If nothing else, this latest transit saga has shown what is possible in a leadership vacuum when a politician sees that normal operating procedures don’t apply and decides to fill in the void constructively. Karen Stintz, arguably a councillor of little consequence during her first two terms in office, has seized the “opportunity” given her under this malignantly negligent administration and made a mark in a file not usually known for its generosity toward those toiling within its parameters. It’s a lesson others granted positions of power under Mayor Ford could well learn from and act upon.

auteurly submitted by Cityslikr


N O Are The First Two Letters In Nothing

June 29, 2012

This needs to be said.

Our parents and grandparents and great grandparents mobilized and defeated Nazi Germany. So, surely to god we can build a better transit system. Is that really too much to expect?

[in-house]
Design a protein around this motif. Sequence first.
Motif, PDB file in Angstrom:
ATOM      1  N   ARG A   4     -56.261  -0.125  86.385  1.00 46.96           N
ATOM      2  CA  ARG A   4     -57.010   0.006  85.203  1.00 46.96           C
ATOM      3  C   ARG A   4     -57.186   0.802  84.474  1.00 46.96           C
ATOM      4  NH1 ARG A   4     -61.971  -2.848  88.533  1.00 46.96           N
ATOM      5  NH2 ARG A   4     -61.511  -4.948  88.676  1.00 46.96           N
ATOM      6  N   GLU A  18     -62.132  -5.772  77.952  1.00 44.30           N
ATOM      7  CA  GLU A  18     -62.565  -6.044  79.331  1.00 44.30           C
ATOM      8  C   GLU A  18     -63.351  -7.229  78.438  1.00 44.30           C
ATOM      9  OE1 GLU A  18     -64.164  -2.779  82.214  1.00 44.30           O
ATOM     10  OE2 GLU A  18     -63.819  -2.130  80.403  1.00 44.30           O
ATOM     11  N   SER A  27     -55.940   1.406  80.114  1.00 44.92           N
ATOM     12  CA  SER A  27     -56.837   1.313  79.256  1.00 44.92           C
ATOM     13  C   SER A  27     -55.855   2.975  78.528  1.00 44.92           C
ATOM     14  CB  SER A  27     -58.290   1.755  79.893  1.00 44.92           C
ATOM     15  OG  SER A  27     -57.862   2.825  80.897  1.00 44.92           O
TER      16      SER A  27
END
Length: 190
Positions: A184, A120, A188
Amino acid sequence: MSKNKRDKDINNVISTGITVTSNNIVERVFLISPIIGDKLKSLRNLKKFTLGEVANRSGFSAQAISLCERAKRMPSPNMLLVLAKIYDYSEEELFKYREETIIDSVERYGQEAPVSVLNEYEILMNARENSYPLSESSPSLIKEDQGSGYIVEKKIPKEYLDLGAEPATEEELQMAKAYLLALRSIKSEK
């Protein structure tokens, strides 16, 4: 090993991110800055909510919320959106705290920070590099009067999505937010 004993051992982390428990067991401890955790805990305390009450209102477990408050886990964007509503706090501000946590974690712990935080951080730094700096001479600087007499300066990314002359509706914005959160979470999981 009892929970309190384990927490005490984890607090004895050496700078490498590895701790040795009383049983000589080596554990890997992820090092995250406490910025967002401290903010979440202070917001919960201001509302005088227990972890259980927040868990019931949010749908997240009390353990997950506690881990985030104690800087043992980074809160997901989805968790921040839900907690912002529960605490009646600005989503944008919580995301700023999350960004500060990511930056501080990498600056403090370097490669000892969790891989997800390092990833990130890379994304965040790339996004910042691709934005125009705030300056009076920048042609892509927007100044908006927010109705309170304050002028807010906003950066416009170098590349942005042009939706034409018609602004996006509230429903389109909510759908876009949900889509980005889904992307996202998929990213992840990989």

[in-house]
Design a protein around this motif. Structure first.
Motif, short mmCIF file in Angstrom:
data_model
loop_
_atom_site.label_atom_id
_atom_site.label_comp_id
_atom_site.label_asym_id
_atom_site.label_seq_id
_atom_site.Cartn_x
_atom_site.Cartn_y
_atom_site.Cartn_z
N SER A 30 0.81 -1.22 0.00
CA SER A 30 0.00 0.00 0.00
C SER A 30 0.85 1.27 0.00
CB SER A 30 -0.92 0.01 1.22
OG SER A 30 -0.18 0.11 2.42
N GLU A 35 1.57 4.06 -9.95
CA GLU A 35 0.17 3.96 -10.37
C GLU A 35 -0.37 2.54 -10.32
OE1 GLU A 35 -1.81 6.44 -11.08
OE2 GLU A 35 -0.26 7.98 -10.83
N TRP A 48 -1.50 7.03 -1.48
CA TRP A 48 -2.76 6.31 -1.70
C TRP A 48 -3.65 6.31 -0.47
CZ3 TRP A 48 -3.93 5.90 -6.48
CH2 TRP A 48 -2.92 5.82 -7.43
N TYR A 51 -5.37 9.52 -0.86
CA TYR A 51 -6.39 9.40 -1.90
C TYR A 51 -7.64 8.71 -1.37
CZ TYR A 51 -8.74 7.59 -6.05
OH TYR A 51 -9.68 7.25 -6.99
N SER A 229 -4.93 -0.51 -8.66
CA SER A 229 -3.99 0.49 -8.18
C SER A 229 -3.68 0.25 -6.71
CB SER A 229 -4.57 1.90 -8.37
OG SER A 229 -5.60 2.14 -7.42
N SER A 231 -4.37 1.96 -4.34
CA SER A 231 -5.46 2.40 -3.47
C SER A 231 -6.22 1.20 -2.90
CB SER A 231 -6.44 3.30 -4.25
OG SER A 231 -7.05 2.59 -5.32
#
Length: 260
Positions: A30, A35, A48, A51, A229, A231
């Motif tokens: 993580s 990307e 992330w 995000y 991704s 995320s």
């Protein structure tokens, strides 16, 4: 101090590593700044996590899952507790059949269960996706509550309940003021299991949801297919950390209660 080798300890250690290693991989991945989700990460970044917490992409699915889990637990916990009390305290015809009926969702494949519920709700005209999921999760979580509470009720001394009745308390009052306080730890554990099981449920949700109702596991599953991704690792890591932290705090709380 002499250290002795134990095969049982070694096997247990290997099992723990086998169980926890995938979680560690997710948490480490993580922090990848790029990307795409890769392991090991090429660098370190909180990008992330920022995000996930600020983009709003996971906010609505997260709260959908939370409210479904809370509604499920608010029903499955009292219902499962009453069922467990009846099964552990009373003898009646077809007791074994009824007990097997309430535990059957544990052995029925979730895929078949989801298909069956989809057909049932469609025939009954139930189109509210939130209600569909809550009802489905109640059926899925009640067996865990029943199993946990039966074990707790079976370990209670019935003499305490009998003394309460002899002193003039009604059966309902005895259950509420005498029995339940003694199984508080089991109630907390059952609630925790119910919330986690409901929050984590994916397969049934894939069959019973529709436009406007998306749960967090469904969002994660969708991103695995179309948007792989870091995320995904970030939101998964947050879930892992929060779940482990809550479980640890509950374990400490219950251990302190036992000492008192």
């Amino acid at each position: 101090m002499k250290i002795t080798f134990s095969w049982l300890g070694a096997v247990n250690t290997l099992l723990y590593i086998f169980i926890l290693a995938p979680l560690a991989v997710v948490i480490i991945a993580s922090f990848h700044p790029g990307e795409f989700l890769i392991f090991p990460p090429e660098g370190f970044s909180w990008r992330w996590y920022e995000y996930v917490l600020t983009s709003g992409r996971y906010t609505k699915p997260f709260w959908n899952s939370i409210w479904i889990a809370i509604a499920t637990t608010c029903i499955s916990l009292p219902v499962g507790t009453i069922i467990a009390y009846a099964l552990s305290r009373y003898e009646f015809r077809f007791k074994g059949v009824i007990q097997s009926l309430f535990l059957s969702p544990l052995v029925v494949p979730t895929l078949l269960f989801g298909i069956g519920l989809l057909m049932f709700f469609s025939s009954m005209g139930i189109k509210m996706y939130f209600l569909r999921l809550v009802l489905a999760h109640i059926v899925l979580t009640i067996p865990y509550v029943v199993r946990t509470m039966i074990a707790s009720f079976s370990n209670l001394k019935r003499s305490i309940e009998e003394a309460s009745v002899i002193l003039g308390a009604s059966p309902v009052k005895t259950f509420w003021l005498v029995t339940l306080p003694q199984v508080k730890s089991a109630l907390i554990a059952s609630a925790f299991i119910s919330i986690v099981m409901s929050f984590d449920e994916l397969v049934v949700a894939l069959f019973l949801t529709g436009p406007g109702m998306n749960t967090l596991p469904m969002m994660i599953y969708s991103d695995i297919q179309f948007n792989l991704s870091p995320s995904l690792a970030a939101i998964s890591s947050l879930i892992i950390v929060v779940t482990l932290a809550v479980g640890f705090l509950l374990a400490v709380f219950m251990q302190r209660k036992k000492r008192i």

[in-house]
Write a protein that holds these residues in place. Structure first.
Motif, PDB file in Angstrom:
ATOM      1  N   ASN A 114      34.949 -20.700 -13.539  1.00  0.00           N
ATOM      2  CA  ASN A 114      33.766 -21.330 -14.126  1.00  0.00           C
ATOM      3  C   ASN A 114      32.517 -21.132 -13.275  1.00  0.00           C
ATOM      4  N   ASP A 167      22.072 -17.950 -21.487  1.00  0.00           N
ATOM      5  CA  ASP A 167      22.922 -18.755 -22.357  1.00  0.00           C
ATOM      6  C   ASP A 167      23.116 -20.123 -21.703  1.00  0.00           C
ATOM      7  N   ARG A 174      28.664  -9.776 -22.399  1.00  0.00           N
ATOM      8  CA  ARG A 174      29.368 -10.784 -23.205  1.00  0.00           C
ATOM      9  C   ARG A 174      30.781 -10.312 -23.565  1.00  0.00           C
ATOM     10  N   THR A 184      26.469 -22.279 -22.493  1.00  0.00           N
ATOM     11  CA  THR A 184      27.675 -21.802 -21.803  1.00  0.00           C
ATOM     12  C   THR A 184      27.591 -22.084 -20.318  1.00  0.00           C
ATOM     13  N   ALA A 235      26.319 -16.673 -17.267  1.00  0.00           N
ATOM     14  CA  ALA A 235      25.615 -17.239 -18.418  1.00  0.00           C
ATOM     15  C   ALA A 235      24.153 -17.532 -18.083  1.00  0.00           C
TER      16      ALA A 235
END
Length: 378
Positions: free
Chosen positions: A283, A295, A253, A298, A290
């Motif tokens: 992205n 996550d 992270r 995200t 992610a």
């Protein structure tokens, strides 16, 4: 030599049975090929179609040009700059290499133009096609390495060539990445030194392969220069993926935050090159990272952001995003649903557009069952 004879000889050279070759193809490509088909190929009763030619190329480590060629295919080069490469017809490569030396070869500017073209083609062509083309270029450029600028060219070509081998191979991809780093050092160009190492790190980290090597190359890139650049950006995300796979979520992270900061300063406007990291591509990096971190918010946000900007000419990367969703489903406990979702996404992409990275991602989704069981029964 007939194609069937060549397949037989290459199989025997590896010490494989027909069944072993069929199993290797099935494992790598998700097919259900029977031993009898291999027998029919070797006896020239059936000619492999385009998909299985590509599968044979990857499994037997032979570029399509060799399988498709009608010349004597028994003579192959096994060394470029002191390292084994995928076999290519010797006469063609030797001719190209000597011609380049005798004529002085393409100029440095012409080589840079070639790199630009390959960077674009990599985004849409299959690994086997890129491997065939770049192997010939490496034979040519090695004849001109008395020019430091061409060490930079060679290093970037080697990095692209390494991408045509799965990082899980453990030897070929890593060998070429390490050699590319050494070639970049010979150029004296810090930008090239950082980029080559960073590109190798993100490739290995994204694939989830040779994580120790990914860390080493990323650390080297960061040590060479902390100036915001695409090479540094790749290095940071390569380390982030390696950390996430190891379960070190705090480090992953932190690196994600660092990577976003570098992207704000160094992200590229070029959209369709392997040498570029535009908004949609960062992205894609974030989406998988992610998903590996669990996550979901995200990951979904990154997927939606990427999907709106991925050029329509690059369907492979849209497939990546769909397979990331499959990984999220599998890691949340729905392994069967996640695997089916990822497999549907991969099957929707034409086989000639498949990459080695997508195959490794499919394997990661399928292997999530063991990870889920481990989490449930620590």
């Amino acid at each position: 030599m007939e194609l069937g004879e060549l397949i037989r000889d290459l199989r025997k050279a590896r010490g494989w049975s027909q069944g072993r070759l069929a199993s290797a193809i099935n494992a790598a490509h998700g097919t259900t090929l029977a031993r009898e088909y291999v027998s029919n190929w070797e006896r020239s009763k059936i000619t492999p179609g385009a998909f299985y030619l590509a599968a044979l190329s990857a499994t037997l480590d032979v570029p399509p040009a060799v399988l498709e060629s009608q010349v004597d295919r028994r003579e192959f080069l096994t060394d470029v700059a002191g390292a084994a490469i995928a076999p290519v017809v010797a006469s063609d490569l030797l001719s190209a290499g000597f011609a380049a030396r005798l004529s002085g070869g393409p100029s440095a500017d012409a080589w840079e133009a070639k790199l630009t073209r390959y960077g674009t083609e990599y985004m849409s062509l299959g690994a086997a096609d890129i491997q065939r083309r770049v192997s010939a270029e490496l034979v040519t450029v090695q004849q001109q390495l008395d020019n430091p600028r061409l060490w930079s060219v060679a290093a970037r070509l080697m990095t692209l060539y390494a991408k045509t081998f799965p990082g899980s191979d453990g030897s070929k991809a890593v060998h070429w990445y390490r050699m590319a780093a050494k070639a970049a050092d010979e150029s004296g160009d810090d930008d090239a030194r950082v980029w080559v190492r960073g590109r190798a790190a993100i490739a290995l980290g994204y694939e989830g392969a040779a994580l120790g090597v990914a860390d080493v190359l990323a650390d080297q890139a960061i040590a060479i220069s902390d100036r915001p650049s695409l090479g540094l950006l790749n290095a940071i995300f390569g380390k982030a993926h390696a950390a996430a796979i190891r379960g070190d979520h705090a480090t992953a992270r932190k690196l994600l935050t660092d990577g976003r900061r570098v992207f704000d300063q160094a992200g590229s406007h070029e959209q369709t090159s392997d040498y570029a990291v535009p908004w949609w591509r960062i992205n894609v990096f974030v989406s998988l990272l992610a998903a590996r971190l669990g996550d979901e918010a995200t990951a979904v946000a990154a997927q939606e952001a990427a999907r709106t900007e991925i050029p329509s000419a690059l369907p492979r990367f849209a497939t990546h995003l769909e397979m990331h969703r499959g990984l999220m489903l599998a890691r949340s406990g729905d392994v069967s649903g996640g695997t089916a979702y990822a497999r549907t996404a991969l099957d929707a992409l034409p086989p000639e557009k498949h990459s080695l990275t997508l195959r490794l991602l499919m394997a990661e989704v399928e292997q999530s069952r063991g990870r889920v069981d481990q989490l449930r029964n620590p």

The hand-wringing and bed wetting and patronizingly stern tsk, tsk, tsk, we’ve seen this all before m’eh reactions to Wednesday’s One City public unveiling seem a little over-the-top in their underwhelmed haughtiness. Blah, blah, blah, “…the real issue that calls the OneCity plan into question: The fact that it will never, ever happen,” sniffs the National Post’s Matt Gurney. “A Tax Attack,” screeched the Toronto Sun, followed by “Taxaholics” yesterday.

Of course, the mayor hated the plan. As did his brother. Councillor Giorgio Mammoliti warned of seniors reduced to eating cat food if the plan ever saw the light of day. Councillor Denzil Minnan-Wong riffed on anything Mayor Ford and the Toronto Sun said.

Others like Deputy Mayor Doug Holyday and Councillor Michael Thompson didn’t like the fact proper procedures weren’t followed in bringing the plan public. “A political move to try and make the mayor look bad,” said the Deputy Mayor to the Toronto Sun’s Don Peat. “I’m appalled actually,” Peat quotes Thompson, “that the mayor’s office has not been consulted on this particular, very important issue.” On the CBC’s Here And Now Wednesday, Councillor Peter Milczyn suggested the architect’s of One City, TTC Chair and Vice-Chair Karen Stintz and Glenn De Baeremaeker were “up to something”.